How to Effectively Use Trendlines in Your Trading

Trendlines are a useful tool, but often misused

Trendlines, and how to supposedly use them is one of the first things many new traders learn when delving into technical analysis and trading off of charts. 

Trendlines are an excellent tool, if used effectively. Used improperly though, they become ineffective, resulting in a belief a reversal is underway when it is isn't, or that a trend is still strong when price action suggests it isn't. Here are some things you need to know about effectively using trendlines in your trading.

What Trendlines Do

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Figure 1. EURUSD 2 Minute Chart with Trendlines. FreeStockCharts.com

Trendlines highlight a trend or range (sideways movement). A trendline connects swing lows and swing highs in price. When the price is rising, the swing lows rise. Connecting these lows with a line results in an ascending trendline, showing the trend is up. A trendline can also be drawn along the swing highs. This shows the angle of ascent, and whether the price is moving strongly higher or not (see Analyzing Price Action: Velocity and Magnitude)..

When the price is falling, the swing highs fall. Connecting these highs with a line results in a descending trendline, showing the trend is down. A trendline can also be drawn along the swing lows. This shows the angle of descent, and whether the price is moving strongly lower or not. Click for larger image.

Multiple Trendlines (Trends) at One Time

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Figure 2. EURUSD with Short-Term and Overall Trendlines. FreeStockCharts.com

There is never just one trendline in play. At any given moment you could draw many trendlines, all showing how the price is moving over various periods of time. 

Trendlines at very steep angles are typically short-lived, since price cannot sustain a near vertical rise or fall for long. That said, drawing trendlines whenever possible can aid new traders in spotting the overall trend, while also highlighting small trends and corrections within that overall trend. For more see What Time Frames to Watch While Day Trading Stocks.

During an uptrend, buying opportunities may occur when a short-term downtrend meets the overall ascending trendline.

During a downtrend, selling or shorting opportunities may occur when a short-term uptrend meets the overall descending trendline. Click for larger image.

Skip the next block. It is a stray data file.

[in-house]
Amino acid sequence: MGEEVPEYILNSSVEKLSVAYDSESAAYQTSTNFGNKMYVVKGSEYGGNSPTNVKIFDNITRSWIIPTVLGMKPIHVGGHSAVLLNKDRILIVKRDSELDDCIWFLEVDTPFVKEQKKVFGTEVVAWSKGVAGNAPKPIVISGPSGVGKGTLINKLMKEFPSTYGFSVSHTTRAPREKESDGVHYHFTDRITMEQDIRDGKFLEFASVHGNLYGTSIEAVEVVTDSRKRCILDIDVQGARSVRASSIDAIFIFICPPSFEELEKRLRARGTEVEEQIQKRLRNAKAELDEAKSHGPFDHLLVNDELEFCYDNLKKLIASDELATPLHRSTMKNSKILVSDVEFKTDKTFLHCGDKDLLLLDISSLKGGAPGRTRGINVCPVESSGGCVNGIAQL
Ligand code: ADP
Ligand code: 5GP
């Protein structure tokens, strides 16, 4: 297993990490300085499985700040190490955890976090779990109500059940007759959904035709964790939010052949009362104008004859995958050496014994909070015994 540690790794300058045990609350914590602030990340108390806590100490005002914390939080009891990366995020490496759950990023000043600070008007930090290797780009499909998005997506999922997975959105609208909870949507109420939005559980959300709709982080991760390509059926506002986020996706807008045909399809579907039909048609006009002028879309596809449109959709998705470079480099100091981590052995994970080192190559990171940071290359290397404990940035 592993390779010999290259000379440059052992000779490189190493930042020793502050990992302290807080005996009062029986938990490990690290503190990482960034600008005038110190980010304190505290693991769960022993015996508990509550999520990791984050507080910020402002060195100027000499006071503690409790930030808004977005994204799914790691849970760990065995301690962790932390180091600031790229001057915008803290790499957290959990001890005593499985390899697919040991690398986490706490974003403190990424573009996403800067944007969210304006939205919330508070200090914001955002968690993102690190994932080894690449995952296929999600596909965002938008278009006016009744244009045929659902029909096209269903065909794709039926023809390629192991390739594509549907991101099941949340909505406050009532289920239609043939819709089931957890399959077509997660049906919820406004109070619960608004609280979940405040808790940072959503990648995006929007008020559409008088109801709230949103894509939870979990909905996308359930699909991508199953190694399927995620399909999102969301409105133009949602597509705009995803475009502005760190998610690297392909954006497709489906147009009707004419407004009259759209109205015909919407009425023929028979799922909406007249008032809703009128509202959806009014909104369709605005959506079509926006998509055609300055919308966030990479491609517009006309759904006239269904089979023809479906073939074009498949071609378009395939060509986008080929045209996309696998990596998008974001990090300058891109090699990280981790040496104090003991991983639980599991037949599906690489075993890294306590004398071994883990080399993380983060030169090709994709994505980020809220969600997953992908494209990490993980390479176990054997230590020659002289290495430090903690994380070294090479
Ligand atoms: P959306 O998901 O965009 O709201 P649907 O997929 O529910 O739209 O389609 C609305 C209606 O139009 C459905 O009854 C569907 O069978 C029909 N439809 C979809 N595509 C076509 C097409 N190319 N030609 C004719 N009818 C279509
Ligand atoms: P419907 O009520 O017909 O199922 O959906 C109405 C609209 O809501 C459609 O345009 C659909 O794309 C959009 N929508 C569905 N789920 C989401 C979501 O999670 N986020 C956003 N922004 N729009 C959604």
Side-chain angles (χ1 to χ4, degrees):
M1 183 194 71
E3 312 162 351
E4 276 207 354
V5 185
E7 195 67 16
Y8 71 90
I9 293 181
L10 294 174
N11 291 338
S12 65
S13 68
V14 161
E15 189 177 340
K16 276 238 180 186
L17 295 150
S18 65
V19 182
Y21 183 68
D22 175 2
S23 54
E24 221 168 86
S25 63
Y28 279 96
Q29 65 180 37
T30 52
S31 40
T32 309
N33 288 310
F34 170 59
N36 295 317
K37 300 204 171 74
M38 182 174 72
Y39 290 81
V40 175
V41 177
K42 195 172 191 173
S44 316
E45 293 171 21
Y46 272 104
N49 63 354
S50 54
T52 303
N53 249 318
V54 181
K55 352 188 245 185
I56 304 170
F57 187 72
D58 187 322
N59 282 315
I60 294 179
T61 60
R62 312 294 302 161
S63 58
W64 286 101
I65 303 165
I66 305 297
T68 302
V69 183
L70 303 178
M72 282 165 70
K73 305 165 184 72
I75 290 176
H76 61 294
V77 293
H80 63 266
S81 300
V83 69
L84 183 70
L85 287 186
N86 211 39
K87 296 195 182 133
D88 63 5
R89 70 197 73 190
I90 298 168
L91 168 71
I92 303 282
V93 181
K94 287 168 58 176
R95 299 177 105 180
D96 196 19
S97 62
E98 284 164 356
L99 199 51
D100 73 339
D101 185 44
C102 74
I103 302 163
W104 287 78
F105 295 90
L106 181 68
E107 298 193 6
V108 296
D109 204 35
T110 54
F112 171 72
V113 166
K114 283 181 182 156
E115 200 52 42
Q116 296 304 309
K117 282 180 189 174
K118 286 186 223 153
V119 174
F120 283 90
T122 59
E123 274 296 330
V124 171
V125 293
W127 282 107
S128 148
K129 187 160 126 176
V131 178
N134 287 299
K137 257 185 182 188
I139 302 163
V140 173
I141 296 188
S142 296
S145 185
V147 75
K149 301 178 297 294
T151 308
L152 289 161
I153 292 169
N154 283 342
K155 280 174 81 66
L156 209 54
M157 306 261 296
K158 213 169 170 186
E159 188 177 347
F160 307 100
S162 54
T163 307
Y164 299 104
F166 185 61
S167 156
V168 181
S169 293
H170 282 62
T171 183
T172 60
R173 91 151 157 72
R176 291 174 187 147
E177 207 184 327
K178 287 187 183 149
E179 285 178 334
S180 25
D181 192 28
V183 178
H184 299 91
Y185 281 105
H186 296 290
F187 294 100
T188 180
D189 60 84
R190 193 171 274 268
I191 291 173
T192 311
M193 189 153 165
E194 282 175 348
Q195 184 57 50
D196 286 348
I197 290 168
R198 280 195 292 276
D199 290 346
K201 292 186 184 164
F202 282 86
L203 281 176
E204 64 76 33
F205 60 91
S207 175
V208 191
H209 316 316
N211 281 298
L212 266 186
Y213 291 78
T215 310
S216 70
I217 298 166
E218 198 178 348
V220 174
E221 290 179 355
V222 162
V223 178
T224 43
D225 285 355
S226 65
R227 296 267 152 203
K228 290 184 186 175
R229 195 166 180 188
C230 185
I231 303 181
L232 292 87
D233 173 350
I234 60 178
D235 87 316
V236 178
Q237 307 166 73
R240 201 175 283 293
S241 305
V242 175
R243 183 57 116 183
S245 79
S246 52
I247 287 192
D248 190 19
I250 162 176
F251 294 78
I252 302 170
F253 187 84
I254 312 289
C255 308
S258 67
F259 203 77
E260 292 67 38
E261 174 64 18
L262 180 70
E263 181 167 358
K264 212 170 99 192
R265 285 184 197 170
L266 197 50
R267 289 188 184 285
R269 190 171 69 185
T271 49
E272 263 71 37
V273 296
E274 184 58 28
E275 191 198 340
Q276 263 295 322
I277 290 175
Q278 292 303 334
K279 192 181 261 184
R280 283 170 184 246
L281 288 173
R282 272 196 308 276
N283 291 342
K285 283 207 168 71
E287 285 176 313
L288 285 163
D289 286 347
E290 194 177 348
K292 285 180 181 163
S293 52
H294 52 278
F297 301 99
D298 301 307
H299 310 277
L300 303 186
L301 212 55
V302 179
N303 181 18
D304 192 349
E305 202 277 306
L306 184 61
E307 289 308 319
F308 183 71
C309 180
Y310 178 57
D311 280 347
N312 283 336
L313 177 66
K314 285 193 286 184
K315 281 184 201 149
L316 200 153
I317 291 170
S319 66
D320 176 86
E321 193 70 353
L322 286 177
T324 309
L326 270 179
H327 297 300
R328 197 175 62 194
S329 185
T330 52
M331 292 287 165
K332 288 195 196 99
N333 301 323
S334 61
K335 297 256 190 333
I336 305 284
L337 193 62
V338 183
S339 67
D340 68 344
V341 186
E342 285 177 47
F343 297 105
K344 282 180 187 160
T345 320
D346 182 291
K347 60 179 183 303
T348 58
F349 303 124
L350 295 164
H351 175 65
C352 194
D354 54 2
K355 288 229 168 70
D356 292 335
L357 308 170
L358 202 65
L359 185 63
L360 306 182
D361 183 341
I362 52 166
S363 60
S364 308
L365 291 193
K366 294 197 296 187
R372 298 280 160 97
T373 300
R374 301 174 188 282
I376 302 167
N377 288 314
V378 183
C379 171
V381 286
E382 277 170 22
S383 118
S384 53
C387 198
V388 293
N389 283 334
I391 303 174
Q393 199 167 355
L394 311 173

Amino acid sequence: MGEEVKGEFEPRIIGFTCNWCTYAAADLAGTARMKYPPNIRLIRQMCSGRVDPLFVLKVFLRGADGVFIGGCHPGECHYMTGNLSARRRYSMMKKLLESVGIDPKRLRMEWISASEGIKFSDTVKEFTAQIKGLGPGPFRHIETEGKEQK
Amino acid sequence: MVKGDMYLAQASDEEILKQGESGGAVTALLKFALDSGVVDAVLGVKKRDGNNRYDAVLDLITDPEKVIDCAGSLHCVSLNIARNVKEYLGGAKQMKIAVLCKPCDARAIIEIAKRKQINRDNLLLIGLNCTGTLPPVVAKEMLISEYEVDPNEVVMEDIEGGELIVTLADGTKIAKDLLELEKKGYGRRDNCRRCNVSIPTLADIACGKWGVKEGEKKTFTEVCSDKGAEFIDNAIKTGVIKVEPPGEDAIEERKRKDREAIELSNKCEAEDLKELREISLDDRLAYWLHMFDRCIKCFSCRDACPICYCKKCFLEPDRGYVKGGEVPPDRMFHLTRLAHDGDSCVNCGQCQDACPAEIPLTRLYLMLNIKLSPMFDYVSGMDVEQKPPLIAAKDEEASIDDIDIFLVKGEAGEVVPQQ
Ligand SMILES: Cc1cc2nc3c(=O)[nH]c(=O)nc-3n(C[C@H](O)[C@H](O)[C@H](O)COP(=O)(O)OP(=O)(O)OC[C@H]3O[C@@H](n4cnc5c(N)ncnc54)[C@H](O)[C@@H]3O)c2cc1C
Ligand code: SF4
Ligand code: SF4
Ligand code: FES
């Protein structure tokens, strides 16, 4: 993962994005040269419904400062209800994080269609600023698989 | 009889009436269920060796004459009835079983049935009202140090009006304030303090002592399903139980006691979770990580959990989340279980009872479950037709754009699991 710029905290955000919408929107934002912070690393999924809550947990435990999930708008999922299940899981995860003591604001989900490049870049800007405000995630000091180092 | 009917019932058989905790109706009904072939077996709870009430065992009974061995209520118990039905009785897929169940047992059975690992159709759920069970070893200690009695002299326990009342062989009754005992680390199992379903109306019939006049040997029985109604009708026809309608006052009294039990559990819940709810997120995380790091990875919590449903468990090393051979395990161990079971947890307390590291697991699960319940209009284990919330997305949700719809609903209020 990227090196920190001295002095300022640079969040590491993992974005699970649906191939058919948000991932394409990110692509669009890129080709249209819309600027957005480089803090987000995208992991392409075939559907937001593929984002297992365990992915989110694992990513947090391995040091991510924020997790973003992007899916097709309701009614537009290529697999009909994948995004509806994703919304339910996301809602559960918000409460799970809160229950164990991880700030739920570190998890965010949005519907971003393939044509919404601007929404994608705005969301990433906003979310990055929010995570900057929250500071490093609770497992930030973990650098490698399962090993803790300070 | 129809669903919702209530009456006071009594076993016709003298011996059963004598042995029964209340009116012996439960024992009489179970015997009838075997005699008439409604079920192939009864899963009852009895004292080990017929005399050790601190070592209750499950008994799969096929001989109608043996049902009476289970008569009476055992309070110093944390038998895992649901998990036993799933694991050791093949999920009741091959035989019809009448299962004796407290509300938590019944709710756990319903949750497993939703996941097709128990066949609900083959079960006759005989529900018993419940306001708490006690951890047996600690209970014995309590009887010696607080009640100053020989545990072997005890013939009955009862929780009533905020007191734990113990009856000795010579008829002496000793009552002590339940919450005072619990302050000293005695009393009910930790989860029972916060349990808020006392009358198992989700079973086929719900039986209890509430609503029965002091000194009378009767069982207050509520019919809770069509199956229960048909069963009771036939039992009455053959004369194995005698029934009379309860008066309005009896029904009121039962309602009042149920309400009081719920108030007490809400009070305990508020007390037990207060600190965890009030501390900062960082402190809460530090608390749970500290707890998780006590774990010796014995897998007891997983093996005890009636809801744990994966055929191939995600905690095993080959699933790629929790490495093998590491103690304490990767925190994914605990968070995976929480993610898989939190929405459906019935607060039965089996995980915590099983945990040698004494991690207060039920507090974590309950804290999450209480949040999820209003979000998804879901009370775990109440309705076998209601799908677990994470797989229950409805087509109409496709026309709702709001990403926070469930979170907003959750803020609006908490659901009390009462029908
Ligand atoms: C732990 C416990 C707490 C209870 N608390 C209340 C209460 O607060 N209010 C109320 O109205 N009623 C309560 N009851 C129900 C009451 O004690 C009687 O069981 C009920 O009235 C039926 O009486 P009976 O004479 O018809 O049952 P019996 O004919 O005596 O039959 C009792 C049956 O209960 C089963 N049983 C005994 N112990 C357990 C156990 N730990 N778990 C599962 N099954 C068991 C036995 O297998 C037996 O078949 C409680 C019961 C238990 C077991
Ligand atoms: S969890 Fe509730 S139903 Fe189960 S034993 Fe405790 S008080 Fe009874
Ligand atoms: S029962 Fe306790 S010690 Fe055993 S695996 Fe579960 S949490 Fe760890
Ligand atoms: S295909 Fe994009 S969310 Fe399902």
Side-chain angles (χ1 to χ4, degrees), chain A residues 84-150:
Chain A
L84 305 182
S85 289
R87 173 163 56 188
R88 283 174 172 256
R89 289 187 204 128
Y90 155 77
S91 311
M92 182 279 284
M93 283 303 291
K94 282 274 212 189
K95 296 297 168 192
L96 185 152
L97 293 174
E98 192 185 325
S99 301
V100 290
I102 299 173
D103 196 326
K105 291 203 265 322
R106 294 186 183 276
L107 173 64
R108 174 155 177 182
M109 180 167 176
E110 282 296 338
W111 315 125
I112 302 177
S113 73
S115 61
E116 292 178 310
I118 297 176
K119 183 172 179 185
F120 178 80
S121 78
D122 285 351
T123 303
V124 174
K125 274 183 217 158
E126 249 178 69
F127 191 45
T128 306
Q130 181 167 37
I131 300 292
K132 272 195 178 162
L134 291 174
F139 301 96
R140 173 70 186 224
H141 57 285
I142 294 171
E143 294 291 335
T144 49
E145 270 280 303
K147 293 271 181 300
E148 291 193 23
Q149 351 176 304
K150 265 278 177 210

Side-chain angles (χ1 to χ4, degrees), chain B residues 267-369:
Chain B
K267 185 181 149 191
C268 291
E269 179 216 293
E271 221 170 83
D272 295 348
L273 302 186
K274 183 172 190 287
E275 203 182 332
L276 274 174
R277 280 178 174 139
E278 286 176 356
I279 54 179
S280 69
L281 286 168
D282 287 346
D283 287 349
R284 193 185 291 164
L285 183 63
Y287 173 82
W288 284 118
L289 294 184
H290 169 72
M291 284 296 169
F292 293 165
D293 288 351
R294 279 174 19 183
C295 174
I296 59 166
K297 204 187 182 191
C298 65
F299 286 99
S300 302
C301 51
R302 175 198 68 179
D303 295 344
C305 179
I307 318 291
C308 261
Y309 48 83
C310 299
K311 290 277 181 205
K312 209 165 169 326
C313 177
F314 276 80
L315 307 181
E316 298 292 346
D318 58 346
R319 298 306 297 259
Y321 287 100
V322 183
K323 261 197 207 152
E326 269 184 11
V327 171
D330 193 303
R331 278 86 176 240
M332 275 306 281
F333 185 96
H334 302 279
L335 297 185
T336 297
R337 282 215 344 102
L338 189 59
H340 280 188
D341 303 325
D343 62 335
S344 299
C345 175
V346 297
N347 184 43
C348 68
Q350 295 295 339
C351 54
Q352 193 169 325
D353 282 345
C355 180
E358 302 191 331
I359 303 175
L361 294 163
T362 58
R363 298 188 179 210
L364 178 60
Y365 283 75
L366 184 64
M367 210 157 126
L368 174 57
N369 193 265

Adjusting Trendlines

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Figure 3. Adjusting Trendlines. FreeStockCharts.com

Once drawn, trendlines often need to be adjusted. Price doesn't usually move in a uniform fashion, and since trendlines account for both time and price (they move along the price and time axis) any acceleration of deceleration of the trend will require the trendline to be adjusted.

Earlier it was stated trendlines are a tool, and can't be relied on solely. To decide whether a  trendline should be adjusted, or whether it has been definitely broken, consider how the price moves within a trend.

During an uptrend the price makes higher highs and higher lows (see Impulsive and Corrective Waves). As long as that is occurring, if the price moves below a trendline it doesn't necessarily mean the trend is over, the line may just need to be adjusted.

During a downtrend the price makes lower lows and lower highs. As long as that is occurring, if the price moves above the descending trendline it doesn't necessarily mean the trend is over, the trendline may just need to be adjusted. Click for larger image.

Trendlines Are A Guide

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Figure 4. Apple Chart with Trendlines of Best Fit. FreeStockCharts.com

When it come to trading, trendlines are a helpful guide. They alert you to potential trade areas, such as in figure 2, when the short-term trend meets the longer-term trend. Though, as the section above discussed, trendlines often need adjusting, making a trendline imprecise for using as a trade signal. Also consider that a trendline drawn at a slightly different angle can make a big difference on what price that trendline intersects with.

Therefore, use trendlines as a guide, but use a more precise criteria for entering a trade, such as move back in the trending direction (see Day Trading Trending Strategy), an engulfing pattern, or an indicator which adjusts more precisely (and quickly) to changes in volatility.

If trendlines are just a guide, then we don't need to concern ourselves with drawing trendlines along exact highs or lows. Draw "trendlines of best fit." The best fit trendlines still provide us with a visual trend and alert us to potential trade areas (see How to Spot Trading Opportunities).

In some cases drawing trendlines along extreme highs and lows works, but when it doesn't, draw trendlines of best fit. Since the trendline isn't being used as a trade signal, it still provides you with relevant information about the trend, without the need to constantly readjust it (although some adjustment may still be required). Click for larger image.

Final Word on Using Trendlines

Trendlines are a great tool, showcasing short-term trends within the overall trend. Price action should always be considered when using trendlines though. If the price is making lower lows and lower highs, it's still a downtrend even if the price moves above a descending trendline. If the price is making higher highs and higher lows, the price is still in an uptrend even if the price moves below trendline. This means the trendline needs to be adjusted, often, especially when day trading. Use "trendlines of best fit" to avoid constantly adjusting. The trendline of best fit still shows the trend and when the trend may be reversing.Use trendlines to alert you of potential trade opportunities, and use price action signals to get in.